KING COUNTY, Wash. -- Trouble is brewing for several local taprooms and breweries in rural King County.
Several of them say they've been forced to shutdown for code violations they say are unclear and unmerited.
Lumber House Brewery in Hobart/Maple Valley and Four Horsemen Brewery in Kent have been up and running since 2014.
"This has been our dream as long as we could remember. We studied for this," said Lumber House co-owner Melissa Earl. "We built our academic lifestyle around doing this business."
Both businesses say they were forced to shut down their taprooms late last year.
"It's frustrating. It's terrible," said Four Horsemen co-owner Dominique Torgerson. "We have no revenue coming in from the business and we still have other bills to pay."
Earl said her brewery is losing thousands of dollars every month, and now, both brewery owners argue that King County is interpreting regulations differently.
"We're not allowed to use our taproom currently due to interpretations of regulations going on in our industry," Earl said. "Particularly in our zoning areas."
They claim several local breweries as well as wineries in unincorporated areas have been targeted by King County because of zoning code violations.
"We asked could we operate until they figure out what they're doing or until we come into compliance. We were told no. We were told we had to cease operation," Torgerson said.
Meanwhile, a spokesman from King County said the matter is a "land-use issue."
In a statement from Jim Chan, King County Department of Permitting and Environmental Review, he said, "There are wineries, tasting rooms, and breweries operating in unincorporated King County that violate county land-use regulations."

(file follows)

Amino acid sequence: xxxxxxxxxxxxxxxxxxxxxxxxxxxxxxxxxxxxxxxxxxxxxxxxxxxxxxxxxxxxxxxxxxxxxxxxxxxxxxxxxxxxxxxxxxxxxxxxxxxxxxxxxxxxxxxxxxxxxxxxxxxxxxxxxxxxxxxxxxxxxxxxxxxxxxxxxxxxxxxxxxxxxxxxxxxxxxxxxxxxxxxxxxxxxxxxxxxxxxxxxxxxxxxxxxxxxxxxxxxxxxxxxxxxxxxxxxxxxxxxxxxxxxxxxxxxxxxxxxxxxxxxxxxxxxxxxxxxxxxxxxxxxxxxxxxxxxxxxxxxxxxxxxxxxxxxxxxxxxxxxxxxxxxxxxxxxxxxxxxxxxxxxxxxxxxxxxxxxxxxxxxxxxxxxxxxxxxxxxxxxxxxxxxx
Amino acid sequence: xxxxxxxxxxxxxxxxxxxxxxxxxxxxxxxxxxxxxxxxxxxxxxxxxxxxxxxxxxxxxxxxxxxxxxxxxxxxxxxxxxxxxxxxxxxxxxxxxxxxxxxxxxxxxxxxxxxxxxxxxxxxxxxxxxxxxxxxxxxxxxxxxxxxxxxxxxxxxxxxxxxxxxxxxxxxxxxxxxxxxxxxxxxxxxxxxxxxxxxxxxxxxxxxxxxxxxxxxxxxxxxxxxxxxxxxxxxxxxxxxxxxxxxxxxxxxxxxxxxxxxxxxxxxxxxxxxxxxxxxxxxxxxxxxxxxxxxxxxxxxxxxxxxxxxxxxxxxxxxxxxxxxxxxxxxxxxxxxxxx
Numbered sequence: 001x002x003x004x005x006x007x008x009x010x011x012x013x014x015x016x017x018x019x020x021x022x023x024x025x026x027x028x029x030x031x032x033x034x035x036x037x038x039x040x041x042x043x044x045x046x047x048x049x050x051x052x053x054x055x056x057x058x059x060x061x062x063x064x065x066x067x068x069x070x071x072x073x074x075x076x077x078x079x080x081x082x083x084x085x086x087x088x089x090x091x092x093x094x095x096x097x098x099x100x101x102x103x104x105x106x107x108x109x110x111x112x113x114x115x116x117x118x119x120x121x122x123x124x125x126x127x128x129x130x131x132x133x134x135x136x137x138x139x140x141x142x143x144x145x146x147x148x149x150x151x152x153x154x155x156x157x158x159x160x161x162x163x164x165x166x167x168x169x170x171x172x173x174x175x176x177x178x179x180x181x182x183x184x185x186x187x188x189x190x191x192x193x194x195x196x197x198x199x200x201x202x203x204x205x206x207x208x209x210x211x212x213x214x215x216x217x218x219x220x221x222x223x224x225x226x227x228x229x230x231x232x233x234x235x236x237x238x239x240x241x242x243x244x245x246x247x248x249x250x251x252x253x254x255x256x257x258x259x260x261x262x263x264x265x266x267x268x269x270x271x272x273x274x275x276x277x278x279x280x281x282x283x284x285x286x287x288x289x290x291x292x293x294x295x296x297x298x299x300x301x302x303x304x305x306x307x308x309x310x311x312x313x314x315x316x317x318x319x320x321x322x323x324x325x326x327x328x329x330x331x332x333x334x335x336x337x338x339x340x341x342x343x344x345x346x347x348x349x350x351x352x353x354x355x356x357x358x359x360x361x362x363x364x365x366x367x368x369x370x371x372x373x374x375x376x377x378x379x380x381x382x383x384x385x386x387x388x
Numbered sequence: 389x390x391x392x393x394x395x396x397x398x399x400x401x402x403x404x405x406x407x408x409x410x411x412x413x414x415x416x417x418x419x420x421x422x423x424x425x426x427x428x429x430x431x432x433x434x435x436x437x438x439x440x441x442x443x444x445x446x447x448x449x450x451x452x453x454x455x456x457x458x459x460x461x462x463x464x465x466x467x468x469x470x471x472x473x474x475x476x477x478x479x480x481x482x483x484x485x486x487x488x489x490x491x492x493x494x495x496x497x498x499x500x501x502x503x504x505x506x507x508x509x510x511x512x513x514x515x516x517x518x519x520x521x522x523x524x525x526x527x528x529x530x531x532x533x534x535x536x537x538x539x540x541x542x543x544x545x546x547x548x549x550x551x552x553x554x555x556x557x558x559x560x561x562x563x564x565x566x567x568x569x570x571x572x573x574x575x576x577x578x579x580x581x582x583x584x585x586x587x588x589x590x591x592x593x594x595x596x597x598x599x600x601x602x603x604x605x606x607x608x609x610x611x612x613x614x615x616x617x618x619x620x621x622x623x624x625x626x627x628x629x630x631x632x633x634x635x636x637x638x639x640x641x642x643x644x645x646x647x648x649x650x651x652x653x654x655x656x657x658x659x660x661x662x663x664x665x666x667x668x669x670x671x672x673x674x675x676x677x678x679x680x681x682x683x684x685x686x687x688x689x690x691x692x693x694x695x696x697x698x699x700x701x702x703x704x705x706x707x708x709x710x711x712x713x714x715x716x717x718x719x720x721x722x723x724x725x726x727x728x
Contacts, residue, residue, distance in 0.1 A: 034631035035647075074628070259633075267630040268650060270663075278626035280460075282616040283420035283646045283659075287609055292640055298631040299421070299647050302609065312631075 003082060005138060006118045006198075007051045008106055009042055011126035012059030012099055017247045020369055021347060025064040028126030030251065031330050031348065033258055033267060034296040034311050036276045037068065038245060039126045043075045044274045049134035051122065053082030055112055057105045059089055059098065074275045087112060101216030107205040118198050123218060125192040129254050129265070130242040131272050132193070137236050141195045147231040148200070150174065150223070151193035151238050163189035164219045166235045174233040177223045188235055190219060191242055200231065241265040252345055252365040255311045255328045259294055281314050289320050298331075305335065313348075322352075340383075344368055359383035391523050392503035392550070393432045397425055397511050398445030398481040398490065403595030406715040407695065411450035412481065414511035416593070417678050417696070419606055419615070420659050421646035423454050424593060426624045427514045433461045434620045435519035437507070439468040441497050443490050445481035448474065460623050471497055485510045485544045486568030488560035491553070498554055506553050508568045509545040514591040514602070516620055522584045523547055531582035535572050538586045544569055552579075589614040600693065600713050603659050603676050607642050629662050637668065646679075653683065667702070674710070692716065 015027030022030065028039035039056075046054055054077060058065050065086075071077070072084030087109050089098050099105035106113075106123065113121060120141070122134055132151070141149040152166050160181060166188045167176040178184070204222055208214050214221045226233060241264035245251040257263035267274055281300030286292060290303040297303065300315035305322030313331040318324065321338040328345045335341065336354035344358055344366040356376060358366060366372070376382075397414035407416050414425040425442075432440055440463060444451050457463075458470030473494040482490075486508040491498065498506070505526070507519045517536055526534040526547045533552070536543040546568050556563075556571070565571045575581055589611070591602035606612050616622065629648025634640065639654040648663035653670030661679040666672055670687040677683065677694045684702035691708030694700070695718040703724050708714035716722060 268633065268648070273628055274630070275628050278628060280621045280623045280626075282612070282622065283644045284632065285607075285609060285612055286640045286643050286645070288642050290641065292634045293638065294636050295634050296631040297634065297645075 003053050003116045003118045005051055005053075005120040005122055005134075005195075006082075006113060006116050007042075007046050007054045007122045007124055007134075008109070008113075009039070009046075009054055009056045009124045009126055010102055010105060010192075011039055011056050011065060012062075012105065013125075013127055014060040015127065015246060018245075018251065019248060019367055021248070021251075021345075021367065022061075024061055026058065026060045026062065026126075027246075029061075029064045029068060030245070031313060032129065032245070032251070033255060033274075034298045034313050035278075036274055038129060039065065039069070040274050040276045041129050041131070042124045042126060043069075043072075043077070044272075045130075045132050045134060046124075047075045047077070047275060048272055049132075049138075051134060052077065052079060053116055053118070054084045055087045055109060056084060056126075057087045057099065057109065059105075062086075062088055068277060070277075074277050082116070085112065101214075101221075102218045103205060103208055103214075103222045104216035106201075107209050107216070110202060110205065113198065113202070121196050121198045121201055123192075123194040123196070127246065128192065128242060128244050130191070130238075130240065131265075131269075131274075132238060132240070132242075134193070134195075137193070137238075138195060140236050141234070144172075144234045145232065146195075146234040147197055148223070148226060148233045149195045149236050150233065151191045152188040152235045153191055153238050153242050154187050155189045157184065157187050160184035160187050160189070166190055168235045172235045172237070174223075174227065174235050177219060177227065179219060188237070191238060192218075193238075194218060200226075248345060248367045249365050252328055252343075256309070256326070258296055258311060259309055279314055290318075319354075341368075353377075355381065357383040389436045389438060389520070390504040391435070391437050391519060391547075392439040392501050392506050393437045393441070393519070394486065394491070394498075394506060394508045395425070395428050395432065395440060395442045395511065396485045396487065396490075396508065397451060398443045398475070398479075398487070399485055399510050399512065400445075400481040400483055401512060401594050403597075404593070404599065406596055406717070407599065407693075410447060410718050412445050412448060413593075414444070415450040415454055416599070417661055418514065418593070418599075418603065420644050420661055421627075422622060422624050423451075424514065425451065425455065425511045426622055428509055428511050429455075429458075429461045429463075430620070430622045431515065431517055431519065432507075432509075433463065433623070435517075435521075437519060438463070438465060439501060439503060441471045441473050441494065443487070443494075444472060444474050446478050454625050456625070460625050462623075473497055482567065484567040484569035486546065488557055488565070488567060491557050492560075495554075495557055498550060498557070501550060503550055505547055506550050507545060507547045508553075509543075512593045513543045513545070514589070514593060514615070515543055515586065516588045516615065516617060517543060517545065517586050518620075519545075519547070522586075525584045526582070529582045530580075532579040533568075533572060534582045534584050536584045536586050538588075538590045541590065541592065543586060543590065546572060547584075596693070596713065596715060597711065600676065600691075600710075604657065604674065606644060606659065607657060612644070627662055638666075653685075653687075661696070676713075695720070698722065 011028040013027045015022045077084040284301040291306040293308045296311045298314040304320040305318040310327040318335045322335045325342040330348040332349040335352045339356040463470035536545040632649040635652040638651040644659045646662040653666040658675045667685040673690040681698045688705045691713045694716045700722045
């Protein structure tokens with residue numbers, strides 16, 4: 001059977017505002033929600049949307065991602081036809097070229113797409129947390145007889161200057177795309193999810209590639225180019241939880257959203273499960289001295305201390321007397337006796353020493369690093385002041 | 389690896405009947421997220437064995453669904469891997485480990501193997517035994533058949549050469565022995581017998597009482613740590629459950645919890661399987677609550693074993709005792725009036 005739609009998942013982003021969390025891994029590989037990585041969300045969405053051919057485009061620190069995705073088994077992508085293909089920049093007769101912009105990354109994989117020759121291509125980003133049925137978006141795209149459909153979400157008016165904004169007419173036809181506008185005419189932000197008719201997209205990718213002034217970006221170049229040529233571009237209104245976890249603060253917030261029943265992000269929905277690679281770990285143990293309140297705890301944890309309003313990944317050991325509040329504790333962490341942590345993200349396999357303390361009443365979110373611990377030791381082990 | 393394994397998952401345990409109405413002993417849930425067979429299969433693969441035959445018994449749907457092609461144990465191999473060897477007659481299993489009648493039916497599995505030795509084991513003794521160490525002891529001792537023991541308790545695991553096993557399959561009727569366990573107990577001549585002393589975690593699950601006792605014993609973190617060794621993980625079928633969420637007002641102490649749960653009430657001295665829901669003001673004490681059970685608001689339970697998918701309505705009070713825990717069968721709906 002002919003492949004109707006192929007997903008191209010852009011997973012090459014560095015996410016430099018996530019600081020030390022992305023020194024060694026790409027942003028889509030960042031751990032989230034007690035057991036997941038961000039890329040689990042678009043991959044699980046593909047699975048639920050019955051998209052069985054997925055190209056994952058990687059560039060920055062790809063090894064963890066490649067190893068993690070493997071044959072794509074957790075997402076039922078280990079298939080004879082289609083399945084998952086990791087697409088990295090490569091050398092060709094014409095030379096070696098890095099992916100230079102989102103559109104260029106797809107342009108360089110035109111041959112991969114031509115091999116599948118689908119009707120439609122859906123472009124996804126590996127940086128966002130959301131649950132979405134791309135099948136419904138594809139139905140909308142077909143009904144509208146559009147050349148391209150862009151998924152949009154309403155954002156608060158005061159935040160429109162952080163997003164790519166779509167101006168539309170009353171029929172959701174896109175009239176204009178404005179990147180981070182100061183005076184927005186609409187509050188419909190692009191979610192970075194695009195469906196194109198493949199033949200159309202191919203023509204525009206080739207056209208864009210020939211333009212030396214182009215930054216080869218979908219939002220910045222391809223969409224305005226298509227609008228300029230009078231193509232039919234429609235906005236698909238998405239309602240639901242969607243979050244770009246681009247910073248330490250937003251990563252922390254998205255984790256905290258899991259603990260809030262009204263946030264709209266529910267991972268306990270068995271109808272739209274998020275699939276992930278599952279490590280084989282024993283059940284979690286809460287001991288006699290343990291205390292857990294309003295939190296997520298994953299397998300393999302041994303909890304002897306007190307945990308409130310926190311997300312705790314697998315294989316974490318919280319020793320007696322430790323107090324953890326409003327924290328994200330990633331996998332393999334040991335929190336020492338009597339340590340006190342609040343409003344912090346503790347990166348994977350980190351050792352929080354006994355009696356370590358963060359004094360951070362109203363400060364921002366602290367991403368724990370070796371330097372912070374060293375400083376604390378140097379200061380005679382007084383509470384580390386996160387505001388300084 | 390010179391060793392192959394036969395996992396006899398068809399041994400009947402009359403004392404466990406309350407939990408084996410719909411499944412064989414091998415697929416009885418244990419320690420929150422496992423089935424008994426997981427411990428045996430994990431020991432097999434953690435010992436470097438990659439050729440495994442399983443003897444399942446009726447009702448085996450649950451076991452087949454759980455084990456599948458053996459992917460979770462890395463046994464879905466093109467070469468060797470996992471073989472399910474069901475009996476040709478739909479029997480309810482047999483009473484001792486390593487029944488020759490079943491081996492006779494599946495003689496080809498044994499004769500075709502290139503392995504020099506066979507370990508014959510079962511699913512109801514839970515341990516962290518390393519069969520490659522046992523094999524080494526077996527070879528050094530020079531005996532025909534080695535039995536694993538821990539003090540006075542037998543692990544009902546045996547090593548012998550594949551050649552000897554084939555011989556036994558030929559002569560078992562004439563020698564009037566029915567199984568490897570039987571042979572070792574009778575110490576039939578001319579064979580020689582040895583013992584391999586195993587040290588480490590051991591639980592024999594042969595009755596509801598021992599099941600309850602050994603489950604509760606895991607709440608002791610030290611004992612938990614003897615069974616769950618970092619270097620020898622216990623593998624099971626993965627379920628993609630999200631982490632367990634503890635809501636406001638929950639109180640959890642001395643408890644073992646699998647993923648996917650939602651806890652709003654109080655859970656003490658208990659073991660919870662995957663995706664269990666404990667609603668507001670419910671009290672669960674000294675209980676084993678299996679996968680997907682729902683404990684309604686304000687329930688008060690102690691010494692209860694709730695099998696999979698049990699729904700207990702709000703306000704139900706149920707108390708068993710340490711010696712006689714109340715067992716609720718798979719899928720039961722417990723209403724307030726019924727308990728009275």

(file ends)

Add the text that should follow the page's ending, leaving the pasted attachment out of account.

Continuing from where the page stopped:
The County also said that several people have filed noise complaints about the businesses.
The breweries refute that claim.
“We’re in the middle of 7 acres surrounded by trees. I live on the property,” said Earl.
King County released the following statement saying it is also working on a proposal.
"...to modernize regulations to support our region's thriving wineries, breweries, and distilleries while balancing the need to protect the natural environment and rural integrity of unincorporated King County," said Chan.
The breweries say they got the go-ahead from county, state and federal government several years ago. They say they are unclear of what codes they are violating now, but they want the chance to make it right.
"Id' like a chance to defend my business," Earl said.
“I don’t think they were doing anything with due process. I think they were misinterpreting and trying to establish regulations when we are in established use according to King County code,” said Torgerson.
The local breweries are asking their supporters to email King County Council members about the issue. Another affected business, Matthews Winery in Woodinville, has even started a petition on change.org.
Meanwhile, a King County spokesman says a proposal to modernize regulations will be sent to King County Council soon for review.
"The proposed updates have the potential to serve as a model for other metropolitan regions that face the same challenge when a thriving wine and beverage industry emergres in rural communities- especially those communities that are not grape-growing regions, such as King County," said Chan.